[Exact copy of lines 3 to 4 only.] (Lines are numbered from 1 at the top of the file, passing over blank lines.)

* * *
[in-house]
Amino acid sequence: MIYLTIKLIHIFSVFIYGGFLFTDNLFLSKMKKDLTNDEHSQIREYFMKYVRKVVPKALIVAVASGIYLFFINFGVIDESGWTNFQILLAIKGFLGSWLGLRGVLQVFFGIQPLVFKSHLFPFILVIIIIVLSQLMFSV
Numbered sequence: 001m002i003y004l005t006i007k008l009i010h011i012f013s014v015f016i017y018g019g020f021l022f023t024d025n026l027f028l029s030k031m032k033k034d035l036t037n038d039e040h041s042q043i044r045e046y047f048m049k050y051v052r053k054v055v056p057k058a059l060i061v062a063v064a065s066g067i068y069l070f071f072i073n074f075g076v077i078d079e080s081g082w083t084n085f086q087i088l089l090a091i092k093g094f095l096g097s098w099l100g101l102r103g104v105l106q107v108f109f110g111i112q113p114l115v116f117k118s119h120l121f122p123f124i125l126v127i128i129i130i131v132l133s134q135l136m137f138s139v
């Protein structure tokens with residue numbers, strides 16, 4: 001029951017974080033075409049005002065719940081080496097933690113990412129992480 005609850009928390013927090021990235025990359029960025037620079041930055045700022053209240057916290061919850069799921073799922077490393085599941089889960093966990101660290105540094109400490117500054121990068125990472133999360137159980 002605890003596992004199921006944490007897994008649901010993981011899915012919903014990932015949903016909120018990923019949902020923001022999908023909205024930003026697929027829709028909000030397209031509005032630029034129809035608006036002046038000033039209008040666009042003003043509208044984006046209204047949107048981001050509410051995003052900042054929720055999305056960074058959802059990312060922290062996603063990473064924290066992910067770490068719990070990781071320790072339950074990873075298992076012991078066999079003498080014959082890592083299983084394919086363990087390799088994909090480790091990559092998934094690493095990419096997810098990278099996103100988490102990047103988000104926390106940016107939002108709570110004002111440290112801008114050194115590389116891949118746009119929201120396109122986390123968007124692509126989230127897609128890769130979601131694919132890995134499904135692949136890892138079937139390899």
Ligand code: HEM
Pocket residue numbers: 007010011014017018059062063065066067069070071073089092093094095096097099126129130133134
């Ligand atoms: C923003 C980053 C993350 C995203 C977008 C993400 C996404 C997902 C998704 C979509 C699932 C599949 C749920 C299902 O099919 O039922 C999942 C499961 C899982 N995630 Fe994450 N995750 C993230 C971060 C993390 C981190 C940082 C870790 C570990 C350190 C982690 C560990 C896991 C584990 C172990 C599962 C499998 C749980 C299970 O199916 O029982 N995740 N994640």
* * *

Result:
Numbered sequence: 001m002i003y004l005t006i007k008l009i010h011i012f013s014v015f016i017y018g019g020f021l022f023t024d025n026l027f028l029s030k031m032k033k034d035l036t037n038d039e040h041s042q043i044r045e046y047f048m049k050y051v052r053k054v055v056p057k058a059l060i061v062a063v064a065s066g067i068y069l070f071f072i073n074f075g076v077i078d079e080s081g082w083t084n085f086q087i088l089l090a091i092k093g094f095l096g097s098w099l100g101l102r103g104v105l106q107v108f109f110g111i112q113p114l115v116f117k118s119h120l121f122p123f124i125l126v127i128i129i130i131v132l133s134q135l136m137f138s139v
């Protein structure tokens with residue numbers, strides 16, 4: 001029951017974080033075409049005002065719940081080496097933690113990412129992480 005609850009928390013927090021990235025990359029960025037620079041930055045700022053209240057916290061919850069799921073799922077490393085599941089889960093966990101660290105540094109400490117500054121990068125990472133999360137159980 002605890003596992004199921006944490007897994008649901010993981011899915012919903014990932015949903016909120018990923019949902020923001022999908023909205024930003026697929027829709028909000030397209031509005032630029034129809035608006036002046038000033039209008040666009042003003043509208044984006046209204047949107048981001050509410051995003052900042054929720055999305056960074058959802059990312060922290062996603063990473064924290066992910067770490068719990070990781071320790072339950074990873075298992076012991078066999079003498080014959082890592083299983084394919086363990087390799088994909090480790091990559092998934094690493095990419096997810098990278099996103100988490102990047103988000104926390106940016107939002108709570110004002111440290112801008114050194115590389116891949118746009119929201120396109122986390123968007124692509126989230127897609128890769130979601131694919132890995134499904135692949136890892138079937139390899």